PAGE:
Platinum basically means an all white dog. Platinum is not a color, but is a LACK of pigment. So, you can technically have a genetic True Color Dog, as in a Dark Chocolate Tri who is all white! It has been accepted for several years now, that dogs with spots of color that represent 10% or less of the total body color, may be designated a Platinum. The preferred True Platinum has an all white coat. White spotting and Parti genes SS can be linked to white.
Dog Coat Color Piebald, Parti or Random White Spotting
White patterns in dogs does not have a uniform genetic basis. Some white patterns, are symmetrical with white markings on the undersides, collar and muzzle. Patterns of less symmetrical white spotting are often called piebald, parti, or random white.
The genetic determination of white spotting in dogs is complex. In some breeds, piebald is dosage dependent. A dog with one copy of the variant has some white pattern expression, while a dog with 2 copies of the variant display more extreme white with color only on the head and perhaps a body spot. In dogs with 2 copies of the MITF variant, some are completely white. Additional mutations in MITF or other white genes may be present that affect the amount of white being expressed. In others, piebald behaves as a recessive trait requiring 2 copies of piebald needed to produce white spotting.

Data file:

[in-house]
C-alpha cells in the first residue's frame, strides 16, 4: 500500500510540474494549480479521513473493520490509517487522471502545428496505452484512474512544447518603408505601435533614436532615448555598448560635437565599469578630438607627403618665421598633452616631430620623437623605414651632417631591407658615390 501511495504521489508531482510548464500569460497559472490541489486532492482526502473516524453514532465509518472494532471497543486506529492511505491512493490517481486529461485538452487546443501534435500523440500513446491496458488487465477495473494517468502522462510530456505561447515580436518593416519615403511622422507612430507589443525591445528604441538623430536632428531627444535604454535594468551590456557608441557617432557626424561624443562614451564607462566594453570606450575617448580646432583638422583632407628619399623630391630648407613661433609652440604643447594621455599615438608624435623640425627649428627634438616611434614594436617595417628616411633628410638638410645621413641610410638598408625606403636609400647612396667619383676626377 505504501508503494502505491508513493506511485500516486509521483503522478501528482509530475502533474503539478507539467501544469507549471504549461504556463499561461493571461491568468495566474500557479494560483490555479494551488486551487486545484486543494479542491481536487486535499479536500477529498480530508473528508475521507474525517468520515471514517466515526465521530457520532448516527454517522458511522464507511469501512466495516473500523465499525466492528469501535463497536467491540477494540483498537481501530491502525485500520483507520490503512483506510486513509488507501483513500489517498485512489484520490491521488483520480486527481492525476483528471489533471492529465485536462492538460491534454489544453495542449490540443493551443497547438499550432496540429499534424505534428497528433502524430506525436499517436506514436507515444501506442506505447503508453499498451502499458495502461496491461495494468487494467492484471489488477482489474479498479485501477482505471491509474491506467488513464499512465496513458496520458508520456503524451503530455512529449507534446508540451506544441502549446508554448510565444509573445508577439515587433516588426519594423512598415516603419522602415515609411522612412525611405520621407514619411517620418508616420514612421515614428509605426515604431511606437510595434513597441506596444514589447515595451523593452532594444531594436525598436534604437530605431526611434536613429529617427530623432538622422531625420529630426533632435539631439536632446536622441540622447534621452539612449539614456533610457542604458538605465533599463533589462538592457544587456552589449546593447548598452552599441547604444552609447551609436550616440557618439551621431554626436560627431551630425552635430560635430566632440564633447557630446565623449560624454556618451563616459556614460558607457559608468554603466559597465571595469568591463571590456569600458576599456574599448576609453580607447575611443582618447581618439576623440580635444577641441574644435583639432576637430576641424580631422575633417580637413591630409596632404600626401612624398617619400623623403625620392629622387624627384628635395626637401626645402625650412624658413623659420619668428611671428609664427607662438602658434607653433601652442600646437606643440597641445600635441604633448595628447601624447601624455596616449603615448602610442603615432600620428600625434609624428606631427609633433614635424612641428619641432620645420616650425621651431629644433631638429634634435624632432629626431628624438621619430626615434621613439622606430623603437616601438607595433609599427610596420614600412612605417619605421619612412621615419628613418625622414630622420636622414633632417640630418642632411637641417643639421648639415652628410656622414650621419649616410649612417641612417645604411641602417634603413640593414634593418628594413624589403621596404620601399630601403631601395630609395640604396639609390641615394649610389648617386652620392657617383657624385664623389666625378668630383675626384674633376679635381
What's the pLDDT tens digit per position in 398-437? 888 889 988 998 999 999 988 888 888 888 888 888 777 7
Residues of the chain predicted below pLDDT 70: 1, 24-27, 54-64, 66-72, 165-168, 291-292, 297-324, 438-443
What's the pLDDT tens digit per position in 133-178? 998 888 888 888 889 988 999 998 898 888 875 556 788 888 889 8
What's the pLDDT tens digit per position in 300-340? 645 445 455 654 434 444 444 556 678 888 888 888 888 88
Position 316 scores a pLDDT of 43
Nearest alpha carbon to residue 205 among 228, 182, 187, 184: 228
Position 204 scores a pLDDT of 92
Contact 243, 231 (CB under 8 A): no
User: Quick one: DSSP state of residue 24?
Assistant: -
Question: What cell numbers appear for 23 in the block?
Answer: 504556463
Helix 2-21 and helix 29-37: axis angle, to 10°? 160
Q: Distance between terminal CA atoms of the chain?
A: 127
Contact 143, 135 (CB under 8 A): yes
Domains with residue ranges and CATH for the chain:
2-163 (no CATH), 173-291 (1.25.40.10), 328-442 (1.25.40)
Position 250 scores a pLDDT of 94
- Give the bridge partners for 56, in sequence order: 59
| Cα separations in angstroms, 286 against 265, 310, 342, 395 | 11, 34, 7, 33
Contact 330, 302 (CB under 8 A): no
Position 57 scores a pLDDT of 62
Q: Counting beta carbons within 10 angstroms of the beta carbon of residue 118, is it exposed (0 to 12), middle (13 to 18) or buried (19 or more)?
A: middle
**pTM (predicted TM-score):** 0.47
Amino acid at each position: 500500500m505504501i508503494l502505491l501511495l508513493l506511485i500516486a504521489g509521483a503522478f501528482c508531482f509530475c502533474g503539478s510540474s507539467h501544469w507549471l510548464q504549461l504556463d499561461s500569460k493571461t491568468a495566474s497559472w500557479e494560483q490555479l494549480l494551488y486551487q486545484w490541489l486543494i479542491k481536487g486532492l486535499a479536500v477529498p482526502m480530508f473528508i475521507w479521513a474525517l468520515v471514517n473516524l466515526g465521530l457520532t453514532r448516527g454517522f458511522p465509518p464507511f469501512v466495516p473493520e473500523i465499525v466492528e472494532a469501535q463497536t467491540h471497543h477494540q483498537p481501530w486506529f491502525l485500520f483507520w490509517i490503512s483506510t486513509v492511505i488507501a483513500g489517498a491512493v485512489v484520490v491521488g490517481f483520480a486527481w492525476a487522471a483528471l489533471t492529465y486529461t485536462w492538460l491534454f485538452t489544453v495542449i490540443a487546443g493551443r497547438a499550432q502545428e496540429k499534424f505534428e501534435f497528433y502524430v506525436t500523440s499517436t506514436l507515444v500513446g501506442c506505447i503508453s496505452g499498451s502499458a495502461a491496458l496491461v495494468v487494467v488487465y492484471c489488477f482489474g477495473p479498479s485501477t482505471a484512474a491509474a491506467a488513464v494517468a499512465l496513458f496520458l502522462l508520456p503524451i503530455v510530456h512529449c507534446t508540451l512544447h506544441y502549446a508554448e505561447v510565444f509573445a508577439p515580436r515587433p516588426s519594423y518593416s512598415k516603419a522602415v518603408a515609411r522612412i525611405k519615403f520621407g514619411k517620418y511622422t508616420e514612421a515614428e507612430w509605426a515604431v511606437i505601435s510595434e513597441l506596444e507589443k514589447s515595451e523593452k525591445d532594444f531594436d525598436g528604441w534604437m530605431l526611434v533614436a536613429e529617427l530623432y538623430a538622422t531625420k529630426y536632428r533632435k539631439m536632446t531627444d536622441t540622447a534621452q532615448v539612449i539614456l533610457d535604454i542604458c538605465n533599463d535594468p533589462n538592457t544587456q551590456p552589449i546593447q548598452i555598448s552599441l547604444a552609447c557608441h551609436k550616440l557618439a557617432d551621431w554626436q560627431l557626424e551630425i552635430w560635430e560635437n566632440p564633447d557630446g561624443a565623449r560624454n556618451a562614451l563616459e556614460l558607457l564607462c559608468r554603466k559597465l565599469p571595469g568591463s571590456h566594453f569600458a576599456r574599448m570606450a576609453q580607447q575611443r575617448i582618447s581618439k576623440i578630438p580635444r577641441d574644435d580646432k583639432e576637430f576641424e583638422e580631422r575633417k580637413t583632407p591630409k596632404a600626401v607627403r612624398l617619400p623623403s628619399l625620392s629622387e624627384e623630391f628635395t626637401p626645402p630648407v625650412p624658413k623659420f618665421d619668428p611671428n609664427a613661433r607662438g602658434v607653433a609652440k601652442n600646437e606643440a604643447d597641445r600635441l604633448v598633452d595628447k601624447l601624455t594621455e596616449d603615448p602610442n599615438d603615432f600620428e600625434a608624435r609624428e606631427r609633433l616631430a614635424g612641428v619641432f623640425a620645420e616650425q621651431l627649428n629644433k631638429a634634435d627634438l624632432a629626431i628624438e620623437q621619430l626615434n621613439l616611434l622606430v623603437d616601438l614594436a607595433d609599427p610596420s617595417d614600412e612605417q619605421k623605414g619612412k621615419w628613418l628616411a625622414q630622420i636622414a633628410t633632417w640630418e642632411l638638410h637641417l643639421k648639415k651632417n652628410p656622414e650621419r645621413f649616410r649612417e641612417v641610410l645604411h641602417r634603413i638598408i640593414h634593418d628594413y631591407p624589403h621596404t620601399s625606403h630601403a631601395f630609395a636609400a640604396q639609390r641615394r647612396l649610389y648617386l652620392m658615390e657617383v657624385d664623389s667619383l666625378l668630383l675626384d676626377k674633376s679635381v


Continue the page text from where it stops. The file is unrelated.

N/N Dog has no copies of piebald
N/S Dog has 1 copy of piebald
S/S Dog has 2 copies of piebald
Platinum basically means an ALL WHITE Dog. Platinum is not a color, but is rather a lack of pigment. So you can technically have a genetic true color dog, such as a Dark Chocolate Tri who is ALL white! It has been accepted for years now, that dogs with spots of color that represent 10% or less of the total body color, may be designated Platinum. The preferred True Platinum has an all white coat. Any where the dog is white could have hidden color, remember white takes out the color that would normally be there.
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